As if in passing, Vitruvius mentions a crucial element in the origin of the concept of the module (Book I. c. II). The column diameter is taken as a module, but for the Doric order, the diameter of the column shaft will be two modules. So far everything may seem in order, until one wonders how the module in architectural practice may have served the purpose Vitruvius describes. He seems to describe a design system in which the architect is in complete control of all decisions relating to the design when he mentions that ‘a fixed module is taken’. In reality, however, a factor from outside the design process appears to be decisive in this system. The building material appears to claim its importance. Since the great majority of column shafts in Roman architecture were delivered in standard lengths, the modules corresponded to the preexisting shaft diameters. During the turn from the Roman Republic to the Empire significant changes took place in the process of designing buildings and the delivery of column shaft material from the quarries. Thus the basic element with which, according to Vitruvius, buildings should be designed was no longer invented by the architect from the beginning, but was in large part dependent on the available material.

Thanks to John Ward-Perkins, Mark Wilson Jones and others, we know that column shafts were delivered from the quarries in lengths of multiples of 5 or 10 Roman feet, and of multiples of 4 feet, of which 12 and 24 are common (Fig. 1) (Ward-Perkins 1992: 25–26, 63; Wilson Jones 2000: 155; Barresi 2002: 69–72). It would appear that diverging lengths were only ordered from a quarry in exceptional cases. Even with standard lengths, it was difficult enough to design and construct buildings, as can be seen in the exterior of the Pantheon, for example. The portico was originally meant to display columns with 50-foot (14.88 m) shafts, but instead, another portico was built with columns having 40-foot (11.9 m) shafts. Column shafts were also delivered slightly taller than the standard lengths, in order to allow for specific adjustments in the buildings once the shafts were actually used. This practice may have determined an important factor in the practice of architectural design and construction for centuries beyond Roman antiquity.5 It may have also resulted in the reverse of what Vitruvius tried to explain to his readers.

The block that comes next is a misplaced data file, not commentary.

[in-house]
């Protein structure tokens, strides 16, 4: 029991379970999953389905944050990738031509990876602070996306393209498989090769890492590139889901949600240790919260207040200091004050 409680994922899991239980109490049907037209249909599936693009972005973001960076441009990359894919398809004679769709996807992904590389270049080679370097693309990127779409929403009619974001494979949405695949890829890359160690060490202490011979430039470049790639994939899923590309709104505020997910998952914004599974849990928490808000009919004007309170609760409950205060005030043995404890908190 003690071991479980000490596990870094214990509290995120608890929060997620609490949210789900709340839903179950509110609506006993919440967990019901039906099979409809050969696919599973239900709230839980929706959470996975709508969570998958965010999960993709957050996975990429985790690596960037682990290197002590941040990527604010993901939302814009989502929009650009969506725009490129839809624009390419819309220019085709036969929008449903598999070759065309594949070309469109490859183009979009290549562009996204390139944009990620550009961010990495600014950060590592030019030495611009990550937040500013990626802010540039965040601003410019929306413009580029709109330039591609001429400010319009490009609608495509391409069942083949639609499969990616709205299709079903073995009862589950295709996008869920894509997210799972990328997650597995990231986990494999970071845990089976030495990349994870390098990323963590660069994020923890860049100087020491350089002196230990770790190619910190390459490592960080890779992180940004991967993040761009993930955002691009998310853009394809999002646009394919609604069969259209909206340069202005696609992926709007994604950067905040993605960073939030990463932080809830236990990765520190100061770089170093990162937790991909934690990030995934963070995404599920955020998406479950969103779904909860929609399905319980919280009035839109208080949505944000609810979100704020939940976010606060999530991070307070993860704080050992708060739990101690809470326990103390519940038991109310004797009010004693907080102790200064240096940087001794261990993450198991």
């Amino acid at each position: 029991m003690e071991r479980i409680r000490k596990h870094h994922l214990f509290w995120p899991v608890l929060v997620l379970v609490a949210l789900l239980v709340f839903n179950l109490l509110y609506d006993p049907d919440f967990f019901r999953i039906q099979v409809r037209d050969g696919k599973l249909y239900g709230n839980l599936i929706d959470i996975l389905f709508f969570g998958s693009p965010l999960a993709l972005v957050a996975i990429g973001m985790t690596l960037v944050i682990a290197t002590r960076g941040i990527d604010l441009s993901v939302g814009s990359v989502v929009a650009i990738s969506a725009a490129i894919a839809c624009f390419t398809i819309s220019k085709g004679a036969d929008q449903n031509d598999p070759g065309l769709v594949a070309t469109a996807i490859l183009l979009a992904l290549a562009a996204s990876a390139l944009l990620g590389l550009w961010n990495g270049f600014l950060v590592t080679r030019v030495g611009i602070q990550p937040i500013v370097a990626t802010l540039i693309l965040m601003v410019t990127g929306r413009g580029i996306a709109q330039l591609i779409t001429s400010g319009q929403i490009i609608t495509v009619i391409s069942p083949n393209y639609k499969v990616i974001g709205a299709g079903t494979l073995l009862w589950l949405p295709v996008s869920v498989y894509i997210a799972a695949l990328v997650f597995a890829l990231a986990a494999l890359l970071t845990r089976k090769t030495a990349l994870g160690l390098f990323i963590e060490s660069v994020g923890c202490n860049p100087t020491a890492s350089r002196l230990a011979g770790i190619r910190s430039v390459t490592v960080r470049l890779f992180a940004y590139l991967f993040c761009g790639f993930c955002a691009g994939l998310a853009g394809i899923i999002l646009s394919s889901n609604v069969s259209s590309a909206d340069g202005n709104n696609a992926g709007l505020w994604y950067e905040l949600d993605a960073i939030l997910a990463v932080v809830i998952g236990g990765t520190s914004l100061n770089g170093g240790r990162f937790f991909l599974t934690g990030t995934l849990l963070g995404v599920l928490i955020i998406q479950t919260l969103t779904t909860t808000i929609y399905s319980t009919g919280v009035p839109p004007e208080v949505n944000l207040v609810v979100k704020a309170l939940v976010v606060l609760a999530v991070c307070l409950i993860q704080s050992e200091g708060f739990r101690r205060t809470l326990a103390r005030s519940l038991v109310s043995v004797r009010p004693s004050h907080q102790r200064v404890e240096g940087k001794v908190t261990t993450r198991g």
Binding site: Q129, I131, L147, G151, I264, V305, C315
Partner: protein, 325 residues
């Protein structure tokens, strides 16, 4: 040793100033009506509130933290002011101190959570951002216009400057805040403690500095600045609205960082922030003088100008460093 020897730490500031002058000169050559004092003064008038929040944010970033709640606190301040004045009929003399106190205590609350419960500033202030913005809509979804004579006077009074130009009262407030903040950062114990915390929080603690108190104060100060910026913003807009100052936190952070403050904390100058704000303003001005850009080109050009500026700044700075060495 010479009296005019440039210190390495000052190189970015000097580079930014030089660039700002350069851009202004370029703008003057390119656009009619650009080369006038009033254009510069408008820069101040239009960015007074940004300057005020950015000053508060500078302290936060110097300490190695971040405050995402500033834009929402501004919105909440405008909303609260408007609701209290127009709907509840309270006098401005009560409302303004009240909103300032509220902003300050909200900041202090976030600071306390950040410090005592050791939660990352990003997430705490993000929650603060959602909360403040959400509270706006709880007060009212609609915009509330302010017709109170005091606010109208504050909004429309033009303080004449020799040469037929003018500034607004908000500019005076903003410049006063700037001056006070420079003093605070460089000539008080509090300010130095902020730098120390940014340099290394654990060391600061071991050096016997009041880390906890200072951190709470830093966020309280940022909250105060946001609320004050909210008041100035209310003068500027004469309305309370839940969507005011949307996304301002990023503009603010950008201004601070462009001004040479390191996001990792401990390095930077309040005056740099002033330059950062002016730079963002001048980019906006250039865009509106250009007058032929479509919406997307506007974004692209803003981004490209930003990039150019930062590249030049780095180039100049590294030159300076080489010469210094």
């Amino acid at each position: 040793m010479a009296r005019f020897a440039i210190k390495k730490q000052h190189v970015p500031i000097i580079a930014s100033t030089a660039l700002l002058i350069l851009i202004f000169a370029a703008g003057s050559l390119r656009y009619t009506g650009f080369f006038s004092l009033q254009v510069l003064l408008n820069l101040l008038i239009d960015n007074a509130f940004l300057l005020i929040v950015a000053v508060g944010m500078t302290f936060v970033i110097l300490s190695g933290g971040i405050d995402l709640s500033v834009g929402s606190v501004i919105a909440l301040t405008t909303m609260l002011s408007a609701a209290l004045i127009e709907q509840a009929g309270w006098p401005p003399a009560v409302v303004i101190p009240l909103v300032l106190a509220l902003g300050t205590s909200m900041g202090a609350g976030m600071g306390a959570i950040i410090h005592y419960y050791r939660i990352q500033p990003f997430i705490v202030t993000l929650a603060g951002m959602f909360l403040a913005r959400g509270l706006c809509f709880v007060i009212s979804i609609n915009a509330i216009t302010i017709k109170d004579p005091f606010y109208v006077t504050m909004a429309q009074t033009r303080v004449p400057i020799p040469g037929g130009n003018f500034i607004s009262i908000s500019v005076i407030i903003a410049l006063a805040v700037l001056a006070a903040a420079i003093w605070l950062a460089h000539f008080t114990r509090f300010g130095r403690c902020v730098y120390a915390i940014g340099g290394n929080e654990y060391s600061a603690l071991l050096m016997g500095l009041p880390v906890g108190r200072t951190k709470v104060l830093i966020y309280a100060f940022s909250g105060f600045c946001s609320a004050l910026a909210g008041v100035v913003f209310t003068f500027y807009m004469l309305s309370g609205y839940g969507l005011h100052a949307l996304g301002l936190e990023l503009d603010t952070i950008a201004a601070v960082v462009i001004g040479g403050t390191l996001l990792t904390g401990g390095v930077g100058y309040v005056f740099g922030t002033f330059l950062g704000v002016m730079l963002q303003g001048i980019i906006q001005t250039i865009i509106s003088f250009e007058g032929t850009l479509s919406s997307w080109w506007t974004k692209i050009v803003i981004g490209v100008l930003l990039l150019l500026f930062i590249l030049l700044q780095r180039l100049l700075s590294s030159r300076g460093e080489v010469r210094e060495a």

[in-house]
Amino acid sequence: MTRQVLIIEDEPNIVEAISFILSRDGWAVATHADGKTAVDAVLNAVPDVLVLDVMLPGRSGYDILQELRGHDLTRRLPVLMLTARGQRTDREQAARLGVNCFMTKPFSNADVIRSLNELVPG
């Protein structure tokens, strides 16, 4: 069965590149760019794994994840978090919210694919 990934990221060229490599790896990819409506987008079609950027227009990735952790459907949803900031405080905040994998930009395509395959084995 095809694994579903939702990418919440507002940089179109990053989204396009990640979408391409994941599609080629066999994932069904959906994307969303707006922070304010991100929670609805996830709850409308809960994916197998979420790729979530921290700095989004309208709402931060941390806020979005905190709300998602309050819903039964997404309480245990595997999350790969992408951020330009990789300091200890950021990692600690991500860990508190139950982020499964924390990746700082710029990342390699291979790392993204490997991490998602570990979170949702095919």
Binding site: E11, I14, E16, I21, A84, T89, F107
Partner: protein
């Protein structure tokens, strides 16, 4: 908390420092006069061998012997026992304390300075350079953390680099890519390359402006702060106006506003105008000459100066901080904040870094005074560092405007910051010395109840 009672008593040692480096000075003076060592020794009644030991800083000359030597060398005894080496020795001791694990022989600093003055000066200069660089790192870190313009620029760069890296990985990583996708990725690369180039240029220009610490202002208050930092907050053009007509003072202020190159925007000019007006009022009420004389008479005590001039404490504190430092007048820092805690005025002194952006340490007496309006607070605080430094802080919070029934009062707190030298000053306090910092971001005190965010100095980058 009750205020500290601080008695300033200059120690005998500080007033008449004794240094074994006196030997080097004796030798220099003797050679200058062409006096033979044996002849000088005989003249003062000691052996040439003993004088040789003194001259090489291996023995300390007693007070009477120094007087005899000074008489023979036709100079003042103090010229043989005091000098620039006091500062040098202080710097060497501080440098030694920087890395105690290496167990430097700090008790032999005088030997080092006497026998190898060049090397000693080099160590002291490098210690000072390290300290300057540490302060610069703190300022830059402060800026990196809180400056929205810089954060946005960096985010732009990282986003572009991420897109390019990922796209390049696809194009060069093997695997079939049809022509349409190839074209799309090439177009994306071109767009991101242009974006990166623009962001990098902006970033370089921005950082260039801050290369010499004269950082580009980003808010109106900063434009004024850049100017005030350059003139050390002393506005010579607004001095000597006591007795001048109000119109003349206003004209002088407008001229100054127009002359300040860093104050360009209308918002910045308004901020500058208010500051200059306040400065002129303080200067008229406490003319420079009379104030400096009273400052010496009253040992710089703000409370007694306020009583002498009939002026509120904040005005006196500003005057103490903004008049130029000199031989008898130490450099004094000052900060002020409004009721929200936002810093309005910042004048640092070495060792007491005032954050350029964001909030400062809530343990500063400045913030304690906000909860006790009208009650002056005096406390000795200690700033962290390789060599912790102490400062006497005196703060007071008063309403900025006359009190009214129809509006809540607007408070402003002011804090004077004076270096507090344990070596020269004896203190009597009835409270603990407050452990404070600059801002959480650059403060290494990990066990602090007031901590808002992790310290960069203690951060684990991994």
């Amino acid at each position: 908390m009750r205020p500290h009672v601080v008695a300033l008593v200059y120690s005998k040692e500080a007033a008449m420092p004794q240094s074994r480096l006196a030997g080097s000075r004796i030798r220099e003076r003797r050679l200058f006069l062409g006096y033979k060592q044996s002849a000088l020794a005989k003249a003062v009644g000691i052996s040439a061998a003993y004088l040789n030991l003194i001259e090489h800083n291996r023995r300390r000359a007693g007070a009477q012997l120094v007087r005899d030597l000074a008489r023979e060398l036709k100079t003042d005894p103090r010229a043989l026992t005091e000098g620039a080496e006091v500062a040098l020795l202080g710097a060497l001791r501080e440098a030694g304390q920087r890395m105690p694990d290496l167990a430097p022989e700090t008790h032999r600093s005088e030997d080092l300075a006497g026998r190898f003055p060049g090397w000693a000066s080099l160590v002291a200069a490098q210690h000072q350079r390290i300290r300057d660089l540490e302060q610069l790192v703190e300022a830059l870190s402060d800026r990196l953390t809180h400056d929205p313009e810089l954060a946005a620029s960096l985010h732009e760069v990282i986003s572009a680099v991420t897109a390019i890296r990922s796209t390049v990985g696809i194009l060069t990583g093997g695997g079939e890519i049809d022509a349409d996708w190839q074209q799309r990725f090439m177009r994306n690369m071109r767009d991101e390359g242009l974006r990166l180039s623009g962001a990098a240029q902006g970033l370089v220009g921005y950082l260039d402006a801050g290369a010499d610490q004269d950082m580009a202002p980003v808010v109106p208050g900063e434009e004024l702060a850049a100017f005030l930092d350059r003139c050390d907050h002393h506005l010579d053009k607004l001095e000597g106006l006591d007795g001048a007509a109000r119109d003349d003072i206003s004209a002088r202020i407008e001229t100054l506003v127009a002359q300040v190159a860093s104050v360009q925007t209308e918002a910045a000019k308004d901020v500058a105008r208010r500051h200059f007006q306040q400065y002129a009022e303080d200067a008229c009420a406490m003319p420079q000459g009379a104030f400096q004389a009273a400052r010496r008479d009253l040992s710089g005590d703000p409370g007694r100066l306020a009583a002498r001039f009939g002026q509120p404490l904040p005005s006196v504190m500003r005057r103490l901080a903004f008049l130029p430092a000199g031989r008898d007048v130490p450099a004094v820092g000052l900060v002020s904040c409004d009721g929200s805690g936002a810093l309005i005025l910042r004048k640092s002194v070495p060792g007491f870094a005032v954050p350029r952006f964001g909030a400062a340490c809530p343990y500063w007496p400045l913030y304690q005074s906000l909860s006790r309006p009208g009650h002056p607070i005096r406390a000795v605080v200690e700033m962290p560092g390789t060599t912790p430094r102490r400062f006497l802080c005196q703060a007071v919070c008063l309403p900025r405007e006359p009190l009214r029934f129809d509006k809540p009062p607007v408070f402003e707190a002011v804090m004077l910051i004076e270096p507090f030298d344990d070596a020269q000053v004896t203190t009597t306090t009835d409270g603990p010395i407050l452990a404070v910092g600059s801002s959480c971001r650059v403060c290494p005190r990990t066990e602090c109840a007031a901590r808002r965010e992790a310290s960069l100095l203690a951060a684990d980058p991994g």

Figure 1 

Rome, Forum. Fragments of column shafts that were 12 Roman feet long. Photo by L. Bosman.

Vitruvius thought of the module as a crucial tool in the design process, as a proportional concept, but not as a standard measurement (see Coulton 1989: 85). He thought the module should be taken from one of the parts of the building and that to select the module one had to begin with the thickness of the column; then the multiples of the module would produce other dimensions. This procedure is described as beginning with the length of the (in this case Doric) temple (Book IV, c.III.3):

The front of a Doric temple is to be divided along the line where columns are set, into 27 parts if it is tetrastyle, into 42 parts if it is hexastyle. Of these one part will be the module (which in Greek is called embater) and when this is determined, the distribution of all the work is produced by multiples of it. (De architectura IV. c. III.3 = Vitruvius 2002: 220–221)6